• Granting Collective Bargaining Rights for TSA Employees.  In February 2011, the Administration granted approximately 45,000 Transportation Security Administration (TSA) employees the right to bargain collectively.  These employees, who screen airline passengers and baggage, had not previously had collective bargaining rights.  As TSA Administrator John Pistole said at the time of the announcement, “employee engagement cannot be separated from achieving superior security.”
  • Protecting Employees’ Right to Talk About Their Pay.  In April 2014, the President signed Executive Order 13665, protecting the employees of federal contractors when they talk openly about their pay, an important part of having a voice at work.  The Executive Order prohibits federal contractors from discharging or discriminating in any way against employees or job applicants who inquire about, discuss, or disclose their own or others’ compensation.  On September 10, 2015, the Department of Labor finalized rules implementing the order.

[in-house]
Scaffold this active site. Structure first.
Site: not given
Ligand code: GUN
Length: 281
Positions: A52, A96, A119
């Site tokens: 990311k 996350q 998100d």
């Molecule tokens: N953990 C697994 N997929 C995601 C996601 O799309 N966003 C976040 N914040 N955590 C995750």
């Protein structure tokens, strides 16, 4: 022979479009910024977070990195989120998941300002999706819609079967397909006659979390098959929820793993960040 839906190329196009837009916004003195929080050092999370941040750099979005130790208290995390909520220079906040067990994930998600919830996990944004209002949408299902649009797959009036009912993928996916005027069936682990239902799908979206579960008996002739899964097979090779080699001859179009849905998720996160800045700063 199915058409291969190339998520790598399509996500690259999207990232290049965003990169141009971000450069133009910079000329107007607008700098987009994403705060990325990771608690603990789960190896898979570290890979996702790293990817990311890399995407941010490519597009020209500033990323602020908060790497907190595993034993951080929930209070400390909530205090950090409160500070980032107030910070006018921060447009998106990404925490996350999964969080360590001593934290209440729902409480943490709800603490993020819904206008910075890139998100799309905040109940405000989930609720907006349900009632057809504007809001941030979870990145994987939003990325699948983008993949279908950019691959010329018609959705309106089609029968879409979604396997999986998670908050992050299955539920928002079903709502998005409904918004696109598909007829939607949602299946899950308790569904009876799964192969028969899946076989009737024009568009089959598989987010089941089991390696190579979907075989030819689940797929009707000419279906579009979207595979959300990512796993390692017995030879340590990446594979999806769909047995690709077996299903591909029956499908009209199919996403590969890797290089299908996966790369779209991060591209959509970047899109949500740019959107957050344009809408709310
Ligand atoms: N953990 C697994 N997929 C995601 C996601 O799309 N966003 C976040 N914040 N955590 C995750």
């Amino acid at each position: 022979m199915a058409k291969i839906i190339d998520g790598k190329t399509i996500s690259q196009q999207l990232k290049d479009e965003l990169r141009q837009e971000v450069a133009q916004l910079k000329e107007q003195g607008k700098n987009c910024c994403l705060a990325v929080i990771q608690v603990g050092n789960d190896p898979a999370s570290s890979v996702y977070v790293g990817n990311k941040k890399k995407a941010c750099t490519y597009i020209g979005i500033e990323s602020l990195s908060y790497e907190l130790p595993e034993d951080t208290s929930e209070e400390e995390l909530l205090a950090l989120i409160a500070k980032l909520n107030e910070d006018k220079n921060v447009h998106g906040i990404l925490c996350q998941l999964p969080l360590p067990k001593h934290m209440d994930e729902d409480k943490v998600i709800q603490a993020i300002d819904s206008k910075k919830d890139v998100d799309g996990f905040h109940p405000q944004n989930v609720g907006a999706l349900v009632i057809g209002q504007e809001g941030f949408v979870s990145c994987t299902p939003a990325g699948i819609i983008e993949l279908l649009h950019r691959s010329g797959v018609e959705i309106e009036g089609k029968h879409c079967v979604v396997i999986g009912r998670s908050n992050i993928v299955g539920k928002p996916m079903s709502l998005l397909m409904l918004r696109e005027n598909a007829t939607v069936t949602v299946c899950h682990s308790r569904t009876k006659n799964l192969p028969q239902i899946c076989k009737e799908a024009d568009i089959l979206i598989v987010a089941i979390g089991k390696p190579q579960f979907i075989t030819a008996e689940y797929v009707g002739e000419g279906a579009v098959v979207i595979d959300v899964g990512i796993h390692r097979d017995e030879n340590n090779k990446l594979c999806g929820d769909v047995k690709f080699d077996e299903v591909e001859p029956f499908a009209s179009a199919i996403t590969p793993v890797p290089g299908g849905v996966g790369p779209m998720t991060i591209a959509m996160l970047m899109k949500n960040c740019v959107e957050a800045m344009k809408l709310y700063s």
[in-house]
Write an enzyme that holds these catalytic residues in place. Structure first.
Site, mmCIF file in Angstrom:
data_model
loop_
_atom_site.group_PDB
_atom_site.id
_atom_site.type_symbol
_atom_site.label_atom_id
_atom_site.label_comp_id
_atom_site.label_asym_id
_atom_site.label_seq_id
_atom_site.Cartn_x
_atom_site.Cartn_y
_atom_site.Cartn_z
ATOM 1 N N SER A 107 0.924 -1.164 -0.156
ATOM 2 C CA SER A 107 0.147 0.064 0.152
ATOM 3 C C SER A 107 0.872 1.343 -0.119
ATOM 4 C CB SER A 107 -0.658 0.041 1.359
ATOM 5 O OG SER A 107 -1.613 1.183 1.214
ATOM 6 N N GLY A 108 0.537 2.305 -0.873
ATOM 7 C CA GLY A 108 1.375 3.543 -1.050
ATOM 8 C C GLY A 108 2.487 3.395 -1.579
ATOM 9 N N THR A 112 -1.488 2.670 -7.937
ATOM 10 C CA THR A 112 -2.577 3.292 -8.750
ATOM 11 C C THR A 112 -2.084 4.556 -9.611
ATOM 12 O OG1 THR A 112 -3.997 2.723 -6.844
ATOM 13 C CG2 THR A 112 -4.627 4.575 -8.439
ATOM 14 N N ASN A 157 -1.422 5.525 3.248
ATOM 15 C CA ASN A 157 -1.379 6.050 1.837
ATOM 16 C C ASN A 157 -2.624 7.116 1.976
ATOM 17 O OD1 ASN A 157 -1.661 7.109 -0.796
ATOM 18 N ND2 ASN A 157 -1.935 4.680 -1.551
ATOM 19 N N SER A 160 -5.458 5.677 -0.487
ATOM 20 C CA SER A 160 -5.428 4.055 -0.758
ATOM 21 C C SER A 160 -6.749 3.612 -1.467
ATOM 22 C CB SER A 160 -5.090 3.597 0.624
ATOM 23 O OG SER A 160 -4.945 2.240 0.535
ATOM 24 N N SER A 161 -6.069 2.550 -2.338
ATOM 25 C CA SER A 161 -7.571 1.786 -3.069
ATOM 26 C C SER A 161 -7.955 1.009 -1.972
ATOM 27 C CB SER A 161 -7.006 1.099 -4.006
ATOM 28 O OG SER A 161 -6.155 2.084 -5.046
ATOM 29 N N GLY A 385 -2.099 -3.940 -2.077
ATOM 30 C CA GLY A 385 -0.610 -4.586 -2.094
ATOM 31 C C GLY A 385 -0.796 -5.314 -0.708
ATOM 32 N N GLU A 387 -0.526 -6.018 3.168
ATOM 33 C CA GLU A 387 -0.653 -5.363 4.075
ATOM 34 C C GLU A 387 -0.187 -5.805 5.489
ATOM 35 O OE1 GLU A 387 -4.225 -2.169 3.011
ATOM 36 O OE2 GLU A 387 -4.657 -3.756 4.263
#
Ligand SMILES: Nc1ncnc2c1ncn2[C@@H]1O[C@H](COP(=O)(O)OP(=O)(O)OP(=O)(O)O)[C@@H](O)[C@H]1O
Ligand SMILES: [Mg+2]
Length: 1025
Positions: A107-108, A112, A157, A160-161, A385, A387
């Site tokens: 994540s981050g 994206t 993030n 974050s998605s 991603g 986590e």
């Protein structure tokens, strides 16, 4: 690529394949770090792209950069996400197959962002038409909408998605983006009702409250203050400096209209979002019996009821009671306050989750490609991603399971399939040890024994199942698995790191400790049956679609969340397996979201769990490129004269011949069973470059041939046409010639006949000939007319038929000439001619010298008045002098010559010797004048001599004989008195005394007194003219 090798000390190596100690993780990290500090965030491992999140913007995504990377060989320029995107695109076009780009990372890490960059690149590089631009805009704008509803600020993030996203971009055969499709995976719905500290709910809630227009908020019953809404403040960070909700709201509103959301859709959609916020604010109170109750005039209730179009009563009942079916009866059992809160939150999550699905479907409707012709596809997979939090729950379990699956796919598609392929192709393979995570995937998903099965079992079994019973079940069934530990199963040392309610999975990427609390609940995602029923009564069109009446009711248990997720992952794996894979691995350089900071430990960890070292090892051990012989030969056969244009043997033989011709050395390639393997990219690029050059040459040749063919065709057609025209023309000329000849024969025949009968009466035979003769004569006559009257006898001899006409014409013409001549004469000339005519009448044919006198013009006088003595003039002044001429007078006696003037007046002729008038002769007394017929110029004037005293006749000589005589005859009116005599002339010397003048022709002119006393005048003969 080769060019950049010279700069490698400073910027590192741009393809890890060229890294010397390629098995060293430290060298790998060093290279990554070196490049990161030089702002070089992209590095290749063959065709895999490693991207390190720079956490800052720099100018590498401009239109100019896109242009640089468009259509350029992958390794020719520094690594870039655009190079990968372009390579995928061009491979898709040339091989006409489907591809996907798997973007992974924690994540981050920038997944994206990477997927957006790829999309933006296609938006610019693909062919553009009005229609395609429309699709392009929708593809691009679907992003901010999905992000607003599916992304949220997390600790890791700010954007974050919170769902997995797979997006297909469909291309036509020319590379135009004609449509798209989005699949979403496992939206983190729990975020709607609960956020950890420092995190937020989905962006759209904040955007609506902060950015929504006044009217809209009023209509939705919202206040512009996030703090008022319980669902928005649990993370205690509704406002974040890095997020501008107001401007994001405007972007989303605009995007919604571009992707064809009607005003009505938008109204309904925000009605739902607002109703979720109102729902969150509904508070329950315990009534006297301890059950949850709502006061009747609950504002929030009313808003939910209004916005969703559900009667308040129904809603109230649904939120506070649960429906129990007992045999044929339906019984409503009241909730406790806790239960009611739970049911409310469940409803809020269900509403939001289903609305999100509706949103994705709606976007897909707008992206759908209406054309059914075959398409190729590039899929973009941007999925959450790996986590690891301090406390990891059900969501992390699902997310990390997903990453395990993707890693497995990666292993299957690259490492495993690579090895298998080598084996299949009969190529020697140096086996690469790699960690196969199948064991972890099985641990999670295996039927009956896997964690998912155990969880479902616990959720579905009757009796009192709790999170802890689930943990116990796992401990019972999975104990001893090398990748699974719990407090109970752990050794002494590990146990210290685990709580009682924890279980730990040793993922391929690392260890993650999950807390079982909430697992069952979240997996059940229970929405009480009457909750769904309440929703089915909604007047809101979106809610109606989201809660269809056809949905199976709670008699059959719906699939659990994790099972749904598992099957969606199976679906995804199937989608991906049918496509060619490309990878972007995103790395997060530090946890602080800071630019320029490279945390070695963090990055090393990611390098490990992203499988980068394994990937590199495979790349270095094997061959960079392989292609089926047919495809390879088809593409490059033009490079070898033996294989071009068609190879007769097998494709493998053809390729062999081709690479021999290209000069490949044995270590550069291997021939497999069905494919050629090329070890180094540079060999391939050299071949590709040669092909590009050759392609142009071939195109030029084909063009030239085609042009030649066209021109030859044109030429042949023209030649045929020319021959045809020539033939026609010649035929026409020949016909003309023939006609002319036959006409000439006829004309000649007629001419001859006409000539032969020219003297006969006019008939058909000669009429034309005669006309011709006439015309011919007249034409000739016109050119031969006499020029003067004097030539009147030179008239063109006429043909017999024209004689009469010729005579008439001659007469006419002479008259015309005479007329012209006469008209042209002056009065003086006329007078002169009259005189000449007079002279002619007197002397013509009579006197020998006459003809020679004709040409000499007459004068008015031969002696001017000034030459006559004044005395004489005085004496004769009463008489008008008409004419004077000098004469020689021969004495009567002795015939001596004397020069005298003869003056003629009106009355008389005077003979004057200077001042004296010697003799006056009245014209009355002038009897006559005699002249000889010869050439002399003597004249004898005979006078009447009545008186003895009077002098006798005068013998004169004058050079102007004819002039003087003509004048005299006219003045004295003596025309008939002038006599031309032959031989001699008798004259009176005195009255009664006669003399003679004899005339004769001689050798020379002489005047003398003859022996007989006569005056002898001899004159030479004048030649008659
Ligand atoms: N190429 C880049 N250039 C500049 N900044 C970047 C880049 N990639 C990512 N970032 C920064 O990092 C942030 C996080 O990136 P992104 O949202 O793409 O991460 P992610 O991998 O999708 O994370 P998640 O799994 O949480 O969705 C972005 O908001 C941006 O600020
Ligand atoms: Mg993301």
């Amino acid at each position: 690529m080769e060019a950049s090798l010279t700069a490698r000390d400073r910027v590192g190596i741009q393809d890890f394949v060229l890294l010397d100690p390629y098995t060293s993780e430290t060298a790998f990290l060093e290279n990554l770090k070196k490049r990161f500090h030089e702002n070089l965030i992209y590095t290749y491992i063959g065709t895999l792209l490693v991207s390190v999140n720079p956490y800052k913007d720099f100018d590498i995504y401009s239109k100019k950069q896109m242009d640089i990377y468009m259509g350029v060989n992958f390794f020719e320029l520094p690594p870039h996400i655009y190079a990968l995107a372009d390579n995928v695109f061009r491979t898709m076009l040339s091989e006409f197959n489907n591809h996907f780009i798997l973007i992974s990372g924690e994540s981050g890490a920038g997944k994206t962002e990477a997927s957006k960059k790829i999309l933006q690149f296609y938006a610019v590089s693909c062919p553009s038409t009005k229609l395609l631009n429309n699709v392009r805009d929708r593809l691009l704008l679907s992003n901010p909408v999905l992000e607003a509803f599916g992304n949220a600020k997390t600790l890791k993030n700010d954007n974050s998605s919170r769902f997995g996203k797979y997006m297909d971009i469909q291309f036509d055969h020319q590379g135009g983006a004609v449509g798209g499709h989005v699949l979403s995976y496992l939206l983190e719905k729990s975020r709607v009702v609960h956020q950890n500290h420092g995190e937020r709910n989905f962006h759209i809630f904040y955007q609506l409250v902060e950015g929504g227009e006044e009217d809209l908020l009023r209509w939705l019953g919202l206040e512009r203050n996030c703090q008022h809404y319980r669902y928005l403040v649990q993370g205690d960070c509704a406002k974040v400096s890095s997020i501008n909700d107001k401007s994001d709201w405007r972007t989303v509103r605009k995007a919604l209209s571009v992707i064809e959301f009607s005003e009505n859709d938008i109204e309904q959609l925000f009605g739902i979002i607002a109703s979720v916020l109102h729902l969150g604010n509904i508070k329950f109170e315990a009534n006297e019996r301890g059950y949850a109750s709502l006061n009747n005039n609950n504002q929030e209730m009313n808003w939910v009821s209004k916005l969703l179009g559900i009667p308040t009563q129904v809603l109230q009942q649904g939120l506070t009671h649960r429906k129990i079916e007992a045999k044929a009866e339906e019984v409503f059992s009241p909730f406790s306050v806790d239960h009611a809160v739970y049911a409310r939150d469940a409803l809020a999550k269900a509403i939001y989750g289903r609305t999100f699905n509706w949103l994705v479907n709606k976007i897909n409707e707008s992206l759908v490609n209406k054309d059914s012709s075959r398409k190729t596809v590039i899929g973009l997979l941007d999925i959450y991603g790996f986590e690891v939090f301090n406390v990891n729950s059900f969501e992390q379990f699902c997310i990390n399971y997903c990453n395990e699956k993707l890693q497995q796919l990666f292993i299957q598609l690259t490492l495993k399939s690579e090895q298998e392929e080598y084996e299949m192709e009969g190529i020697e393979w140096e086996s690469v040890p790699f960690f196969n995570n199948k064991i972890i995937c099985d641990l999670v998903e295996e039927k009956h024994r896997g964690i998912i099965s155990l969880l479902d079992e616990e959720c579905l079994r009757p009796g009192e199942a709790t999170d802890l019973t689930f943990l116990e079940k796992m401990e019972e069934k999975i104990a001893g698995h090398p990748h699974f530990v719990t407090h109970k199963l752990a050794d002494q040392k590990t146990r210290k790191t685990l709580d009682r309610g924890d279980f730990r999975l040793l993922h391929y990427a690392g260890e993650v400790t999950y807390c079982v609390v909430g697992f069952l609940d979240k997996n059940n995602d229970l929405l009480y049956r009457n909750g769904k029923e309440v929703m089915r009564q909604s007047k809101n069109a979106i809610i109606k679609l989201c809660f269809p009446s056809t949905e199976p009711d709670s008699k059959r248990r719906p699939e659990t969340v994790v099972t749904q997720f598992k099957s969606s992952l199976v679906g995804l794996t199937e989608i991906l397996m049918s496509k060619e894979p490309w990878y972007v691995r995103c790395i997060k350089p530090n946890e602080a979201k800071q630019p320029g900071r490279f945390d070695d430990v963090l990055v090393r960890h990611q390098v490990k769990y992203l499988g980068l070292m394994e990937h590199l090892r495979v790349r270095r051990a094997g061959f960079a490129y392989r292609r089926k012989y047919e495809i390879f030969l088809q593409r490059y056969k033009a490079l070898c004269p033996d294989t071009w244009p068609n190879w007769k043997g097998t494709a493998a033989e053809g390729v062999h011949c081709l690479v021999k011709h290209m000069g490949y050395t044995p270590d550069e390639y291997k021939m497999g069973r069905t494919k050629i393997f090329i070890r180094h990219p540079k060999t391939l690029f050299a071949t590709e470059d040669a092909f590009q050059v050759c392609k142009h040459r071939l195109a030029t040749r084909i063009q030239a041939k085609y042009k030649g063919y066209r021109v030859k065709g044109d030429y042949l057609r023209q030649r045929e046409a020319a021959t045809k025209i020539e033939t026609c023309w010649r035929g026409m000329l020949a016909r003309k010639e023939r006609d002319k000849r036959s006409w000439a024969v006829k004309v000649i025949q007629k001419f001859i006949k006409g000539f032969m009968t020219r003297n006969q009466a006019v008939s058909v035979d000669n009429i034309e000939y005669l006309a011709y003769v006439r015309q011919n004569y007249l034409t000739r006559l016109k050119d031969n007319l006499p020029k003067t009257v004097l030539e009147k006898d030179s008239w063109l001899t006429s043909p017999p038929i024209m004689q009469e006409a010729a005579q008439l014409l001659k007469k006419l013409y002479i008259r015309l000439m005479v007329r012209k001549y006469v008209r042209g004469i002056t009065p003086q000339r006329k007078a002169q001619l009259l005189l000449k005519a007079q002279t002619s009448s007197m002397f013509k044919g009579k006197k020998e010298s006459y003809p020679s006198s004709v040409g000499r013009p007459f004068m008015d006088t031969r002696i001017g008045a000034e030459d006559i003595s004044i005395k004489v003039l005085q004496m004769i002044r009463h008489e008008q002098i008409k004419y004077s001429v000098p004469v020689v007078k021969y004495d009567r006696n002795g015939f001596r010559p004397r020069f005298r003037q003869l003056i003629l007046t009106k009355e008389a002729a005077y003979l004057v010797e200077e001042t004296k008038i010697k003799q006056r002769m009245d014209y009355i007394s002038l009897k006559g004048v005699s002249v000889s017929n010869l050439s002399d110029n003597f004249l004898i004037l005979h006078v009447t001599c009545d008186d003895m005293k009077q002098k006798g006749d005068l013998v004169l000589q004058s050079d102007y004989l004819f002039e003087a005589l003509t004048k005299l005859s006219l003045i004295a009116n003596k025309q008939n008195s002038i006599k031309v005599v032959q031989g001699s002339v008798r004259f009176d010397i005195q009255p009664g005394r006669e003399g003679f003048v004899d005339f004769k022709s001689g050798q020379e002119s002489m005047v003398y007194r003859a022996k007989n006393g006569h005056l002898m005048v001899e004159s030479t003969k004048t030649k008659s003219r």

• Enhancing Workplace Flexibility for Federal Employees.  In June 2014, the President issued a memorandum on enhancing workplace flexibility for federal employees. The memorandum directs federal agencies to notify workers of their right to request flexible work schedules and to expand access to such schedules.  This policy is an important step forward in giving workers a voice regarding their own working conditions and will help the federal government “attract, empower, and retain a talented and productive workforce in the 21st century.”